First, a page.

September 23, 2012; Source: Santa Cruz Sentinel
Unless you happen to have a vibrant community of electric car enthusiasts in your area, you may not have known it, but this past Sunday was National Plug-In Day. The event, organized by a coalition of nonprofits—Plug In America, the Sierra Club, and the Electric Auto Association—sought to draw “global attention to the environmental, economic and other benefits of plug-in electric vehicles through simultaneous events staged around the country.”
In Santa Cruz, Calif., the electric vehicles on hand included the Nissan Leaf, Ford Focus, and Tesla Roadster, as well as a just-released 2013 Toyota Rav and a soon-to-be-available BMW Active E sedan. Partially electric or hybrid cars such as the Toyota Prius and Chevy Volt were also on display. Electric Auto Association President Beverly DesChaux noted that “Plug In Day marks a significant milestone in the evolution of EVs…from when Electric Vehicle Association members were tinkering in garages over 40 years ago, converting gas cars to electric, to now when most major manufacturers sell or will soon sell their electric vehicle—and the biggest winner is the environment.”
In Huntsville, Ala., Tennessee Valley EV Drivers founder Joshua Pritt and others gathered at the Redstone Energy Demonstration Park. Pritt noted that his hybrid Chevy Volt allows him to drive approximately 3,000 miles with only seven gallons of gas. Huntsville Mayor Tommy Battle, who drives an electric-powered 2012 Ford Focus, was also on hand for the gathering.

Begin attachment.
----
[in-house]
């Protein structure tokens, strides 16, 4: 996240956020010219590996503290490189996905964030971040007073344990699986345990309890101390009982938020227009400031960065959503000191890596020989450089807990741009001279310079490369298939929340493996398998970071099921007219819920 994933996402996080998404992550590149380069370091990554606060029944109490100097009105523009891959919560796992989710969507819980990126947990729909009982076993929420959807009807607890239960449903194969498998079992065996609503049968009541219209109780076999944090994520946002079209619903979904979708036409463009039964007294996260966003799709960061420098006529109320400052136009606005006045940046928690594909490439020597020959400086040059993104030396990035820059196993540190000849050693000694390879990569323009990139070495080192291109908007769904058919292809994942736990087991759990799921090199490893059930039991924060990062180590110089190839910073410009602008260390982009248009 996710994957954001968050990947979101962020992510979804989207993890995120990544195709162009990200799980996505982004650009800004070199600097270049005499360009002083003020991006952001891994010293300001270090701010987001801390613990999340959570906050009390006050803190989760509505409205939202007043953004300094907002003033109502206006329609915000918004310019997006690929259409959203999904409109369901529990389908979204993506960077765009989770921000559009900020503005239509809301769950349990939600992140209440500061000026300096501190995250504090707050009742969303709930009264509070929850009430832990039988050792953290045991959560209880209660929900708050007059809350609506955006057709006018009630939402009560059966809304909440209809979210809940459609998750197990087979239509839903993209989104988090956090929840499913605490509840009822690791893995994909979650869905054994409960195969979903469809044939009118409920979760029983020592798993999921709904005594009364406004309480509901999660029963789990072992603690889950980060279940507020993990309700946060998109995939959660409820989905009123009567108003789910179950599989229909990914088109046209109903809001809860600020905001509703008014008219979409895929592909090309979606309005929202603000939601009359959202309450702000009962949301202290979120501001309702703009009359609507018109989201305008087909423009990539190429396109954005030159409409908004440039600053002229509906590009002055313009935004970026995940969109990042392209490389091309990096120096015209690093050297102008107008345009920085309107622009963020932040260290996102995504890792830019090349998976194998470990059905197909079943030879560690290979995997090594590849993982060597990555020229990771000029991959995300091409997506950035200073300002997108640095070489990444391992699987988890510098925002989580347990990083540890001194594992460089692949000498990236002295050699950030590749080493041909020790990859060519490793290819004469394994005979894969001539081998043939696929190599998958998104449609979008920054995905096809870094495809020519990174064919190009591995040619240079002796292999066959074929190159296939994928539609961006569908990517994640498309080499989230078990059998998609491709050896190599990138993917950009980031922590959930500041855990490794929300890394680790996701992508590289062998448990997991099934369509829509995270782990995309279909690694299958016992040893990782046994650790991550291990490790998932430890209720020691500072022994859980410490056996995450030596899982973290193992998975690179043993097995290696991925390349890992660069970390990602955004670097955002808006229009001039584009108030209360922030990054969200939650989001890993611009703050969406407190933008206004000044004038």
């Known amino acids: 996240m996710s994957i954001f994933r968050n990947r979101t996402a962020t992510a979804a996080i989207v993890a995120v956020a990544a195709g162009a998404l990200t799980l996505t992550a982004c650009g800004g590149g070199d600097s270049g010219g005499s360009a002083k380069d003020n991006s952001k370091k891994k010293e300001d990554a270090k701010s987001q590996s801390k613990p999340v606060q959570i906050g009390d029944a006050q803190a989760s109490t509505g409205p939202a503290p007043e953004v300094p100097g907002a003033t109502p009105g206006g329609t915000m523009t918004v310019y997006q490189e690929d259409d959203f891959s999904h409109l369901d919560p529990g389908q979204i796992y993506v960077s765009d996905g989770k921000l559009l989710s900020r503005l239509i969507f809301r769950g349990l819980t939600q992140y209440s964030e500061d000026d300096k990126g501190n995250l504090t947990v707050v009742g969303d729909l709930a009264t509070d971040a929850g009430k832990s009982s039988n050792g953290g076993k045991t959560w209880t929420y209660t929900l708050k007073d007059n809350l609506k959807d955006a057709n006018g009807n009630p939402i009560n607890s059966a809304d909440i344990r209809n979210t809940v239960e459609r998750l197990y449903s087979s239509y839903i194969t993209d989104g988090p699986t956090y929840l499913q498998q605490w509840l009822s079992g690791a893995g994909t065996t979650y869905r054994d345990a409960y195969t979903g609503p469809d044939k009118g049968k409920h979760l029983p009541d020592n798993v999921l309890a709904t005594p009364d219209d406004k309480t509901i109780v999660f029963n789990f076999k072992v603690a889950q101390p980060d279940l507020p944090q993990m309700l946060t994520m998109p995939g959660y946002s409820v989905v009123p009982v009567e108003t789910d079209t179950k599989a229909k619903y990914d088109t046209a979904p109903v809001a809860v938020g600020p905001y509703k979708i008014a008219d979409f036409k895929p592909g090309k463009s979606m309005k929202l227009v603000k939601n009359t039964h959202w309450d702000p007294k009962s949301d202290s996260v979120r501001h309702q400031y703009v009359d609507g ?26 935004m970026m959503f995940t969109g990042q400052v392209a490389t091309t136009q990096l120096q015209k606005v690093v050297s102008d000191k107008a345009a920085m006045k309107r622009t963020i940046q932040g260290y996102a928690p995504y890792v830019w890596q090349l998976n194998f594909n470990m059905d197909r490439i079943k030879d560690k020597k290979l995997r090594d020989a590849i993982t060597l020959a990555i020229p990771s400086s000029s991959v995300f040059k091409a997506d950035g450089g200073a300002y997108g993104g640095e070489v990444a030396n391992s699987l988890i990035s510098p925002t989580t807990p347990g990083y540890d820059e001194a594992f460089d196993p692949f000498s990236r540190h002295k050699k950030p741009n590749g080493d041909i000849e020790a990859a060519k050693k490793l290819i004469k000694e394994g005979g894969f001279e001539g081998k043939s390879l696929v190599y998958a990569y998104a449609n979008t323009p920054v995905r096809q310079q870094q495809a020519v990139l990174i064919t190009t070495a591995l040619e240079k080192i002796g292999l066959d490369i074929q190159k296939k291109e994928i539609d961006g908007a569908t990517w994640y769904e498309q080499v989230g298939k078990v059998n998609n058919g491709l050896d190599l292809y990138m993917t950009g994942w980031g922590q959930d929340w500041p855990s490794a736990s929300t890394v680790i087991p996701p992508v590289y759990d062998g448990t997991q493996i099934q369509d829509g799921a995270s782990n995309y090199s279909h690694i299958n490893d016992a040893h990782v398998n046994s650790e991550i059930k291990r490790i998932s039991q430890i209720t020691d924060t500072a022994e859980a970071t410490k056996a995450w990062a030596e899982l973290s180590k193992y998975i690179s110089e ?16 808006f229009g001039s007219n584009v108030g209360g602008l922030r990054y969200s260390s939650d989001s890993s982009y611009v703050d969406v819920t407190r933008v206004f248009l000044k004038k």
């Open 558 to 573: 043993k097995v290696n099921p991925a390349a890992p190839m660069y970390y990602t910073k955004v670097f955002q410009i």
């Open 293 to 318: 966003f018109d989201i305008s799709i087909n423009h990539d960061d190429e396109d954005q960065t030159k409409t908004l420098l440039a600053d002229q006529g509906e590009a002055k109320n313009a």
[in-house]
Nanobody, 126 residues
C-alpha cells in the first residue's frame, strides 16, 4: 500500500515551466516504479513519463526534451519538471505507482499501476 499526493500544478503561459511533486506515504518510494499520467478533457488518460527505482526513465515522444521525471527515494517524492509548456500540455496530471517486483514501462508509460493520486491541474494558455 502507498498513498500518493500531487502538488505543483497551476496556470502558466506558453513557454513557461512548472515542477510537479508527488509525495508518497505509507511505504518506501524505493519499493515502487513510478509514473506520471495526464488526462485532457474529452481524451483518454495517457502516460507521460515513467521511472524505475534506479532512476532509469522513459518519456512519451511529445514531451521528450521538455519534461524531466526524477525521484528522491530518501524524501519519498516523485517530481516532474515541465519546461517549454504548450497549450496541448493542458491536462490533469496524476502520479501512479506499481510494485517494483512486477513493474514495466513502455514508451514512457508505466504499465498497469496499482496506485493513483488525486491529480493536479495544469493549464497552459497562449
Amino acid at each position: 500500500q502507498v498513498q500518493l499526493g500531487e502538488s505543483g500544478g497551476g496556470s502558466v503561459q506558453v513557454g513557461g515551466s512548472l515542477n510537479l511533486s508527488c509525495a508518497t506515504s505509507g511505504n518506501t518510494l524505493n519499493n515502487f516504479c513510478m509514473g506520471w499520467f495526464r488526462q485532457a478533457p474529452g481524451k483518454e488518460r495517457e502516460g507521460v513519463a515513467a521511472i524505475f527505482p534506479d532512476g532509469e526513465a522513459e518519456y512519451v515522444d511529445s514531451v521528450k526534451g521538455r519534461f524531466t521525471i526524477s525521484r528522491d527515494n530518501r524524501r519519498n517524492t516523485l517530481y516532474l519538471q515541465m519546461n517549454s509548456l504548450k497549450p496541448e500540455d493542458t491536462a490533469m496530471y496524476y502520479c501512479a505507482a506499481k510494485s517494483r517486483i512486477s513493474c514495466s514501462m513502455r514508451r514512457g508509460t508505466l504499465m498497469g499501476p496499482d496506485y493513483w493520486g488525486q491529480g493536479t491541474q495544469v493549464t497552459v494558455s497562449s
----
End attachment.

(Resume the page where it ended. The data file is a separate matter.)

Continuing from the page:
In Vermont, Gov. Peter Shumlin declared this past weekend Vermont Plug-In Weekend. The statewide group Drive Electric Vermont offered opportunities to learn about and test-drive electric vehicles at car dealerships across the state. Vermont’s Times-Argus reports that “[t]hese vehicles can plug into any conventional electric outlet. They are also increasingly affordable to purchase and operate: Driving an electric vehicle costs 2-4 cents per mile, while a gas-fueled vehicle costs 10-15 cents per mile.”
More than 60 cities reportedly participated in National Plug In Day, but outside of some local media reports, the event doesn’t appear to have made a large splash on the national radar screen. Electric vehicles offer both economic and environmental benefits, but environmental concerns about carbon dioxide emissions and climate change have been “totally missing” in the campaign trail debate between President Barack Obama and former Massachusetts Gov. Mitt Romney, according to MIT economist Henry Jacoby. Jacoby argues—and we agree—that such discussions should return to prominence since “we’re running a serious risk of passing a much-damaged planet to our descendants.” –Mike Keefe-Feldman